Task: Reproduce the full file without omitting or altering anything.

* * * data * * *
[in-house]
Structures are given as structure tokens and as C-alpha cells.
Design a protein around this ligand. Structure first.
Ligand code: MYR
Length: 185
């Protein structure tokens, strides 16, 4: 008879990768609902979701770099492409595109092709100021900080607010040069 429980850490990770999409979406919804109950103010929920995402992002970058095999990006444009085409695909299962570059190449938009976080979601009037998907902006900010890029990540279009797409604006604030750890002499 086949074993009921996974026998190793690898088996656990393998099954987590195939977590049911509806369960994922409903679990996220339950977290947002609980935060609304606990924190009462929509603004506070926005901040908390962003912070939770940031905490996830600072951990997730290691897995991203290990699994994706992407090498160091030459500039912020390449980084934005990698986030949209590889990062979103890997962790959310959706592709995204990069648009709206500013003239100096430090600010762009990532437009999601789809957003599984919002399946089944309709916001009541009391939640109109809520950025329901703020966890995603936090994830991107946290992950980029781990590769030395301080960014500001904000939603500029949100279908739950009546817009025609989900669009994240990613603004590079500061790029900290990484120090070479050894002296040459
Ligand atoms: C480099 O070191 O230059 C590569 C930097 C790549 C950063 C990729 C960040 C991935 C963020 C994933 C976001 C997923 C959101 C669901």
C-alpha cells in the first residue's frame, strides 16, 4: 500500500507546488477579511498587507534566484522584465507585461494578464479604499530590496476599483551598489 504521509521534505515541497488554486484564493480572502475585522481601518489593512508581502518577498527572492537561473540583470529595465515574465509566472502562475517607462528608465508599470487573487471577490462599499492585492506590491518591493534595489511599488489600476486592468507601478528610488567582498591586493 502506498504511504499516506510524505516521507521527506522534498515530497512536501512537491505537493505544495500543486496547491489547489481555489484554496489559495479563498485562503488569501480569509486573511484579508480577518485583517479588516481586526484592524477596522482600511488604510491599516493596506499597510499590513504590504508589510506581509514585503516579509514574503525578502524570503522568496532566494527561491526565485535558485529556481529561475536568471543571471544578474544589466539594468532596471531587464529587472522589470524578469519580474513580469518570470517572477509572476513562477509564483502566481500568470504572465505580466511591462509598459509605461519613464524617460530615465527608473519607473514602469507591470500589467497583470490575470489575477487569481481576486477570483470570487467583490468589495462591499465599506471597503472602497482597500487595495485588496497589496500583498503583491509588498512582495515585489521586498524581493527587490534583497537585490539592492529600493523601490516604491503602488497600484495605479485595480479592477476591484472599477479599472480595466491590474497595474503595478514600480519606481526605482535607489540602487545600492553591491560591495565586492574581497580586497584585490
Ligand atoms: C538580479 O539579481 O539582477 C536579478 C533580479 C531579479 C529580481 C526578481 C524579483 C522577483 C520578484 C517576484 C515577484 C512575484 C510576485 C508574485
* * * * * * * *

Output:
[in-house]
Structures are given as structure tokens and as C-alpha cells.
Design a protein around this ligand. Structure first.
Ligand code: MYR
Length: 185
């Protein structure tokens, strides 16, 4: 008879990768609902979701770099492409595109092709100021900080607010040069 429980850490990770999409979406919804109950103010929920995402992002970058095999990006444009085409695909299962570059190449938009976080979601009037998907902006900010890029990540279009797409604006604030750890002499 086949074993009921996974026998190793690898088996656990393998099954987590195939977590049911509806369960994922409903679990996220339950977290947002609980935060609304606990924190009462929509603004506070926005901040908390962003912070939770940031905490996830600072951990997730290691897995991203290990699994994706992407090498160091030459500039912020390449980084934005990698986030949209590889990062979103890997962790959310959706592709995204990069648009709206500013003239100096430090600010762009990532437009999601789809957003599984919002399946089944309709916001009541009391939640109109809520950025329901703020966890995603936090994830991107946290992950980029781990590769030395301080960014500001904000939603500029949100279908739950009546817009025609989900669009994240990613603004590079500061790029900290990484120090070479050894002296040459
Ligand atoms: C480099 O070191 O230059 C590569 C930097 C790549 C950063 C990729 C960040 C991935 C963020 C994933 C976001 C997923 C959101 C669901």
C-alpha cells in the first residue's frame, strides 16, 4: 500500500507546488477579511498587507534566484522584465507585461494578464479604499530590496476599483551598489 504521509521534505515541497488554486484564493480572502475585522481601518489593512508581502518577498527572492537561473540583470529595465515574465509566472502562475517607462528608465508599470487573487471577490462599499492585492506590491518591493534595489511599488489600476486592468507601478528610488567582498591586493 502506498504511504499516506510524505516521507521527506522534498515530497512536501512537491505537493505544495500543486496547491489547489481555489484554496489559495479563498485562503488569501480569509486573511484579508480577518485583517479588516481586526484592524477596522482600511488604510491599516493596506499597510499590513504590504508589510506581509514585503516579509514574503525578502524570503522568496532566494527561491526565485535558485529556481529561475536568471543571471544578474544589466539594468532596471531587464529587472522589470524578469519580474513580469518570470517572477509572476513562477509564483502566481500568470504572465505580466511591462509598459509605461519613464524617460530615465527608473519607473514602469507591470500589467497583470490575470489575477487569481481576486477570483470570487467583490468589495462591499465599506471597503472602497482597500487595495485588496497589496500583498503583491509588498512582495515585489521586498524581493527587490534583497537585490539592492529600493523601490516604491503602488497600484495605479485595480479592477476591484472599477479599472480595466491590474497595474503595478514600480519606481526605482535607489540602487545600492553591491560591495565586492574581497580586497584585490
Ligand atoms: C538580479 O539579481 O539582477 C536579478 C533580479 C531579479 C529580481 C526578481 C524579483 C522577483 C520578484 C517576484 C515577484 C512575484 C510576485 C508574485